Figure 13. Example screenshot of prostate cancer information.

Figure 14. Example screenshot of breast cancer information.


App evaluation and patient feedback

The apps were tested in three events and feedback from the patients is given in Table 1. The main test parts include account management, data collection and visualisation.

(a) The first workshop involved ten participating cancer survivors and citizens. It took place on 23 January 2017 and then was followed with a second workshop in May 2017 which involved nine patients/citizens [34].

The first workshop allowed and encouraged ten participating cancer survivors and citizens to evaluate both the functionality and design of the apps in the iManageCancer platform. The design of the workshop for testing the app by end users followed the co-discovery methodology.

The ten patients were divided into teams of two. Patients carried out specific pre-determined tasks. They were asked to think out loud and discuss the process with their ‘partners’ whilst navigating through the apps.

Cancer Intelligence/ecancer and Tenovus organised remote testing of the platform and services by ten patients in their daily lives for the week 17–24 July 2017, including an interview by phone to provide further information to evaluate the services in practice [34].

As a result of the above-mentioned testing, three common themes emerged:

1. User experience (UX) design

2. Bugs and early development

3. Visual design

End users could see the value and potential of the iManageCancer apps and provided a wealth of constructive feedback. It was agreed that an introductory video to assist patients when using the iManageCancer platform would be developed and integrated as a priority. This is available in English at [35].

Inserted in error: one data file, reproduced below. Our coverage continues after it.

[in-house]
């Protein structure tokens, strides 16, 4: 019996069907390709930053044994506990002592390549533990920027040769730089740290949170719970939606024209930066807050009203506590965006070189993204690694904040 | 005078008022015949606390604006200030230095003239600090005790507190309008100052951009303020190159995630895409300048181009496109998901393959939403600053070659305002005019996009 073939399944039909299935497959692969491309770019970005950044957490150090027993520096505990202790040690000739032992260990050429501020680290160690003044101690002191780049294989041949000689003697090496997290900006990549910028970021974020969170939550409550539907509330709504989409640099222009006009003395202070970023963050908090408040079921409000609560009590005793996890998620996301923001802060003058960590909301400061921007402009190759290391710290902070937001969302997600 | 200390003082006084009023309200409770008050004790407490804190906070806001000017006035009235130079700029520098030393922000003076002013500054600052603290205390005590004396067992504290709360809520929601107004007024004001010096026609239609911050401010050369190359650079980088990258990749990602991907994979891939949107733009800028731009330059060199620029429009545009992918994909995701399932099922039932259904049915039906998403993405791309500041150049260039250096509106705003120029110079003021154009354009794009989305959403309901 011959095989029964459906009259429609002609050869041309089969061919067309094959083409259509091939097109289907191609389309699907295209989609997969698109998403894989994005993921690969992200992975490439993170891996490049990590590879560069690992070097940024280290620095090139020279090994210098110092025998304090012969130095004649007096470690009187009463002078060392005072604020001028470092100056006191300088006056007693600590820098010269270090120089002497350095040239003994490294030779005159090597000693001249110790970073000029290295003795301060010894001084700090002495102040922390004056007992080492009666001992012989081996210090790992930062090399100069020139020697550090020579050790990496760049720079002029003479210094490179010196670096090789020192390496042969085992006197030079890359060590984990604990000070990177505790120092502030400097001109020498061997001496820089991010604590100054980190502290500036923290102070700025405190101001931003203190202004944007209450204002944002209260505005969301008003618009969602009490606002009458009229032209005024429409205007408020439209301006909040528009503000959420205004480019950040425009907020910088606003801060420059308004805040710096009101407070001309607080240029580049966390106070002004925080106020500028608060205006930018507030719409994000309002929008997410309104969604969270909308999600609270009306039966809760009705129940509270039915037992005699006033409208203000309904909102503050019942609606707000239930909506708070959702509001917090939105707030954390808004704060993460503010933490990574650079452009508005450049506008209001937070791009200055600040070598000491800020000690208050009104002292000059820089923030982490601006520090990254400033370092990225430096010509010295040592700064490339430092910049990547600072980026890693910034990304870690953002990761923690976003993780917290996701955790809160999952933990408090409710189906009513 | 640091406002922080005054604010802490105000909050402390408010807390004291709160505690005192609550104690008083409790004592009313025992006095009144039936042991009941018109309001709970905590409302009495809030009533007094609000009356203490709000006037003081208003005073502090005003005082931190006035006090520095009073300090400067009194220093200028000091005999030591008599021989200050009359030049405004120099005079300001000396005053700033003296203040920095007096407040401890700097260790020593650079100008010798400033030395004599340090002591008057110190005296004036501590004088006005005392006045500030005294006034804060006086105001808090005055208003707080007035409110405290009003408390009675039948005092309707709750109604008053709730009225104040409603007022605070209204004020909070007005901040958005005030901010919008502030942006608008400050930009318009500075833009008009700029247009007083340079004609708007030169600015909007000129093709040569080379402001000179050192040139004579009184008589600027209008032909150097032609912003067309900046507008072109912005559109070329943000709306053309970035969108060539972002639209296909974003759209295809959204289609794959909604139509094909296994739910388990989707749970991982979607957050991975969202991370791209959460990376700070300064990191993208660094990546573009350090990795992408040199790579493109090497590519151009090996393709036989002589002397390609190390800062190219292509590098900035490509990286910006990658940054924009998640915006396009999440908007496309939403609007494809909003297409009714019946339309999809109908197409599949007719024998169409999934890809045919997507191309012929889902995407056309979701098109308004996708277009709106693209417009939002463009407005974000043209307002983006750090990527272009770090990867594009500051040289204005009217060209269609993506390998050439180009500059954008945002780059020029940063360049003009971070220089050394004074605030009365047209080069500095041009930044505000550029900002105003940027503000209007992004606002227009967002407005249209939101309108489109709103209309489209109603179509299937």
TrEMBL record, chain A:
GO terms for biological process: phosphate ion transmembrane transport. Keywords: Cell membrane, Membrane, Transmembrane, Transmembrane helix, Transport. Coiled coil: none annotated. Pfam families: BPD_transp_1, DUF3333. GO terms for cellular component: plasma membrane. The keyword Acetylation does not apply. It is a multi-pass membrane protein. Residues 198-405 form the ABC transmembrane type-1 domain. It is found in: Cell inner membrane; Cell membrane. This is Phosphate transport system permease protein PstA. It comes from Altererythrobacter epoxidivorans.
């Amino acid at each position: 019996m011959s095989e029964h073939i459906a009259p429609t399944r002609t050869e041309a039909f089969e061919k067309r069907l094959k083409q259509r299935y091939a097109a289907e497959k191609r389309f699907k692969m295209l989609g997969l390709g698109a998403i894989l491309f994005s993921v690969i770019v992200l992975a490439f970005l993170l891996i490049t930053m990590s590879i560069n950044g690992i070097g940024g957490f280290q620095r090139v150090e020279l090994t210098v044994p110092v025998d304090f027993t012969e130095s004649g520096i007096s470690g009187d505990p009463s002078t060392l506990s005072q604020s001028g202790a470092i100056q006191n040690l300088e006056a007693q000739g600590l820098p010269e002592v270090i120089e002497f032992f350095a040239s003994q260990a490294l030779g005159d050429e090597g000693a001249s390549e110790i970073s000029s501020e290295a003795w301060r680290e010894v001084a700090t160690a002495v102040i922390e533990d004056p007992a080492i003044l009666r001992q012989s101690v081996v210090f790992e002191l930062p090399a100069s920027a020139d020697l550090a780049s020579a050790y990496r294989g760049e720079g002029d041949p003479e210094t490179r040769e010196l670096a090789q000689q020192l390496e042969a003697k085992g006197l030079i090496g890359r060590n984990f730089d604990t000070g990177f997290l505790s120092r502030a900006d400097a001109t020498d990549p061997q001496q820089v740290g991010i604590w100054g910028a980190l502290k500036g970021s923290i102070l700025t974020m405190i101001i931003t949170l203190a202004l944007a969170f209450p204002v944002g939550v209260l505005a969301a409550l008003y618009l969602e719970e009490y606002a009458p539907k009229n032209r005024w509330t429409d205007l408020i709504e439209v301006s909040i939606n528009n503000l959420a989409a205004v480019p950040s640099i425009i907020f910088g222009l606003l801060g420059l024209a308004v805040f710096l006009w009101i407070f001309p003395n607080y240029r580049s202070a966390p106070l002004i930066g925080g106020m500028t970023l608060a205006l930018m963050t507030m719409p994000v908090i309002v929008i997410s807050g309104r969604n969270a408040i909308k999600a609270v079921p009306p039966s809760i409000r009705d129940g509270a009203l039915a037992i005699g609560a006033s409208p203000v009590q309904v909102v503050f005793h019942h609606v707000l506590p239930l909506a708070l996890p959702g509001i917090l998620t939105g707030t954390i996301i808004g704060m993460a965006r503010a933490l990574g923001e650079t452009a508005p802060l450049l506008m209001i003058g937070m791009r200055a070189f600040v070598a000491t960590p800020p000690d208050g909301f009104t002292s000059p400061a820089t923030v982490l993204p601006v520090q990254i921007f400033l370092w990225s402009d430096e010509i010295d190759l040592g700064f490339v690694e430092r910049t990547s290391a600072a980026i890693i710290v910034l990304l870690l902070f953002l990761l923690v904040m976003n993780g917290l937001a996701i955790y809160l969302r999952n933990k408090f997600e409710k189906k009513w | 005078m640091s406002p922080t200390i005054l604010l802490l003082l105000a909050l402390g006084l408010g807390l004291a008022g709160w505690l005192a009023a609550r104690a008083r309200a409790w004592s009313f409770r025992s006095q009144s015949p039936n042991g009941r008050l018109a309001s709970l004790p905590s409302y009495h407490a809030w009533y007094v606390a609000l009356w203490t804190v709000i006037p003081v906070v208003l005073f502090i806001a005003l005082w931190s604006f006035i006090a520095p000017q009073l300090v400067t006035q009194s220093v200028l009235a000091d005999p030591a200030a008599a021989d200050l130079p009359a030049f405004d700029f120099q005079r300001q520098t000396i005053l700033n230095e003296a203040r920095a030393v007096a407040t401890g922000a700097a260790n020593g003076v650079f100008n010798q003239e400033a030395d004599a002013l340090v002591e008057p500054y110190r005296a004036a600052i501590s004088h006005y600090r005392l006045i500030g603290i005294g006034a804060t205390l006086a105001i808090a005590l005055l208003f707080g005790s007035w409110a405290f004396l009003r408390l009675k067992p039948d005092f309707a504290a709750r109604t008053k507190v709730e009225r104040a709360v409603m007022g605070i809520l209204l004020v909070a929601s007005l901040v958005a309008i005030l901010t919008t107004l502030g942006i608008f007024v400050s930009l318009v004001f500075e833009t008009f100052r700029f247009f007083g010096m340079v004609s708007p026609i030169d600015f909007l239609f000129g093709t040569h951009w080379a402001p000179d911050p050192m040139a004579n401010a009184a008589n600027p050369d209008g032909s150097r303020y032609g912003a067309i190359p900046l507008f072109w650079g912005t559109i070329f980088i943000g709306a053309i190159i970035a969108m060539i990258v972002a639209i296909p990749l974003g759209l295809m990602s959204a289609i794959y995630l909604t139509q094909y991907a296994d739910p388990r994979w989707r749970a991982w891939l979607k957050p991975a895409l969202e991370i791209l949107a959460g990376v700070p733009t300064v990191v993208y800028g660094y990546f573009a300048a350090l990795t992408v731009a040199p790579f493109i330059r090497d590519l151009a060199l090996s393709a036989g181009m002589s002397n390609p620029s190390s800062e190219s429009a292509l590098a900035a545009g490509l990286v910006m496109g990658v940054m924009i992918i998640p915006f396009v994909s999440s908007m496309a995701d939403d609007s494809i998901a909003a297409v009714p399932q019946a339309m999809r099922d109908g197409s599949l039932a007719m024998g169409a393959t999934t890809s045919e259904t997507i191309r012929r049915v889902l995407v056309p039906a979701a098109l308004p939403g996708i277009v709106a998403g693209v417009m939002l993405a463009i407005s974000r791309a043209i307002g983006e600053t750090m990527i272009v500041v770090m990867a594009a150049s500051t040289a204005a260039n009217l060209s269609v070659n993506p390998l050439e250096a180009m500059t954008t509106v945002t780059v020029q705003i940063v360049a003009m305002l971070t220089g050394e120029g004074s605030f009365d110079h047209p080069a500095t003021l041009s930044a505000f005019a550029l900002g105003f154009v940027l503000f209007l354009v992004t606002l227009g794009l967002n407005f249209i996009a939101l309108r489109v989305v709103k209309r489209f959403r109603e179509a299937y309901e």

Brand and design cohesion would also be addressed during the UX design process; this will involve developing a unified user interface, which will simultaneously improve the user experience and visual design.

There were three main feedback points from the patients:

1. Understanding issue: the patients complain that they don’t know how to use some of the functions in the app.

Solution: a floating button which can provide the specific introduction to the different function pages has been developed into the app.

2. Internet data usage issue: as many patients’ mobile phones were old and had limited internet data, an issue occurred when they were using the online location tracking function from the moves/fitbit.

Solution: in order to solve this, a new offline location tracking algorithm has been designed and implemented in the app. This function doesn’t need to sync with the server and can analyse the location information locally.